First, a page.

#9:  Don’t judge.  If you have new students on your caseload, do not judge them solely on what you read on paper especially their motor skills.  Don’t assume that a child can not achieve a certain skill.  Take the time to get to know each student (see tip #5).
#10:  Be prepared.  Children tend to exhibit inappropriate behavior when they become complacent during unstructured times. It is critical to plan out in advance exactly what goals you will be addressing during the session and design an activity keeping those goals as the focus. Always have in mind a few extra activities. Some activities that you may think will take 20 minutes may take 5 minutes leaving you with a chunk of unstructured time.  Make sure that students can complete the tasks you will be using while being challenged.  You can find thousands of activity ideas at 

Tuesday, August 25, 2015

Movement, Math and Visual Perceptual Skill Freebie - Roll, Move and Cover

Alphabet Animals - Roll and Cover from is a fun game, Roll, Move and Cover that incorporates movement, visual perceptual skills, fine motor skills and math skills.  It is a freebie game from Animal Actions A to Z.  Basically, the student rolls two dice, adds up the numbers, finds the number, performs an animal action and then colors in the circle to cover it up.  Another option is to cover up each circle with a small ball of clay.  You can download the free activity here

Monday, August 24, 2015

Benefits of Fidgeting for Children with ADHD

ADHD, Fidgeting and Improved Performance - YourTherapySourceThe Journal of Abnormal Psychology published research to determine if hyperactivity with ADHD is a deficit or a compensatory behavior.  The researchers compared the working memory (WM) performance and attention in boys aged 8–12 years  with ADHD (n = 29) and typically developing children (TD; n = 23).  Each child’s phonological WM and attentive behavior was evaluated during four counterbalanced WM tasks during four separate sessions. The data was then sequenced hierarchically based on behavioral observations of each child’s gross motor activity during each task.
The results indicated the following:
1.  higher rates of activity level predicted significantly better, but not normalized WM performance for children with ADHD.
2.  higher rates of activity level predicted somewhat lower WM performance for TD children.
3.  variations in movement did not predict changes in attention for either group.
4.  children with ADHD were more likely to be classified as reliably improved in their WM performance at their highest versus lowest activity level.
5.  the typically developing children were more likely to be classified as deteriorated in their WM performance at their highest versus lowest observed activity level.
The researchers concluded that  there is a functional role to hyperactivity in ADHD and recommend avoiding overcorrection of g gross motor activity during academic tasks that rely on phonological WM.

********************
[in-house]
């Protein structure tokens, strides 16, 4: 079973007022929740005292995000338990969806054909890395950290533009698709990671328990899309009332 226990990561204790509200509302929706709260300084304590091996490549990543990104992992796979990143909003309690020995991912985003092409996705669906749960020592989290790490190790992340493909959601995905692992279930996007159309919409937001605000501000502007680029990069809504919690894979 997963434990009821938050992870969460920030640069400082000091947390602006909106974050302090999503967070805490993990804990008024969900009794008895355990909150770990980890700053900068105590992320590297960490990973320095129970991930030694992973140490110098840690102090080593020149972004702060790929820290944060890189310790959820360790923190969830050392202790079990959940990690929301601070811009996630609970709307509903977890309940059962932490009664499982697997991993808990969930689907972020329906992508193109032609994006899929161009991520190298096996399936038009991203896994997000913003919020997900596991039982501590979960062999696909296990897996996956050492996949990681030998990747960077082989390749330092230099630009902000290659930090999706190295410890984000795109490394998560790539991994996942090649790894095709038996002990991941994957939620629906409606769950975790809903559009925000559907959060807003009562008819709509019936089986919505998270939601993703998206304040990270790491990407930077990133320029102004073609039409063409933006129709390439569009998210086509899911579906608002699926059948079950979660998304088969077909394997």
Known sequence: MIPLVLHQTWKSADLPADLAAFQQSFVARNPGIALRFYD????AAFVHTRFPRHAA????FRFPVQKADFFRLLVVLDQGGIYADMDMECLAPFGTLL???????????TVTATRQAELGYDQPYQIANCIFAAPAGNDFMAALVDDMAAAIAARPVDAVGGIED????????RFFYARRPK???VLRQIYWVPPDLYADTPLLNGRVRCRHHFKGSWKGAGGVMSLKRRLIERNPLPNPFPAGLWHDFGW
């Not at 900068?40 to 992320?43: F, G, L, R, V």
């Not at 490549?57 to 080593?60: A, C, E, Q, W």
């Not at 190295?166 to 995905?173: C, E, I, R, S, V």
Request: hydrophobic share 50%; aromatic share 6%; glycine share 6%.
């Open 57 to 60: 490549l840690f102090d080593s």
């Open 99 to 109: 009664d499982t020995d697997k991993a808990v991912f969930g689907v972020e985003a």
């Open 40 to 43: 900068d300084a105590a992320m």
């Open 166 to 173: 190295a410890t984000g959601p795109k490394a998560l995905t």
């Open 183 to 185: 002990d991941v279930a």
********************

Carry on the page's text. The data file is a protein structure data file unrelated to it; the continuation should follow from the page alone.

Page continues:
The lead author of the study, Dustin Sarver, discusses with National Public Radio that  “We think that part of the reason is that when they’re moving more they’re increasing their alertness”.  He goes on to explain that a level of alertness functions on a “rainbow curve.”   “You want to maintain a “Goldilocks” level of alertness — not too much, not too little. That’s why moving around didn’t help the typically developing kids; it might even have distracted them”.
We would love to hear your opinion on what your favorite interventions are to help students sit during classroom lessons.  Please take a moment to answer our current survey at
Dustin E. Sarver, Mark D. Rapport, Michael J. Kofler, Joseph S. Raiker, Lauren M. Friedman. Hyperactivity in Attention-Deficit/Hyperactivity Disorder (ADHD): Impairing Deficit or Compensatory Behavior? Journal of Abnormal Child Psychology. April 2015. DOI
Kamenetz, A. Vindication For Fidgeters: Movement May Help Students With ADHD Concentrate.  Retreived from the web on 8/19/15 from
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Need ideas to incorporate more movement into the classroom?  Check out all these Brain Breaks at

Saturday, August 22, 2015

Building Block Pattern Freebie - Full Size Patterns

Building Block Free Sample PagesHere are a several free printables from Building Blocks Patterns and Games.  These free sample patterns are full size, ranging from simple to more complex patterns.  The full size patterns make it easier for children to match up the blocks exactly if they need a little extra help to complete the cards.  You will need DUPLO size blocks to use the cards.  Check out these free sample pattern cards to challenge fine motor skills, visual perceptual skills and motor planning skills.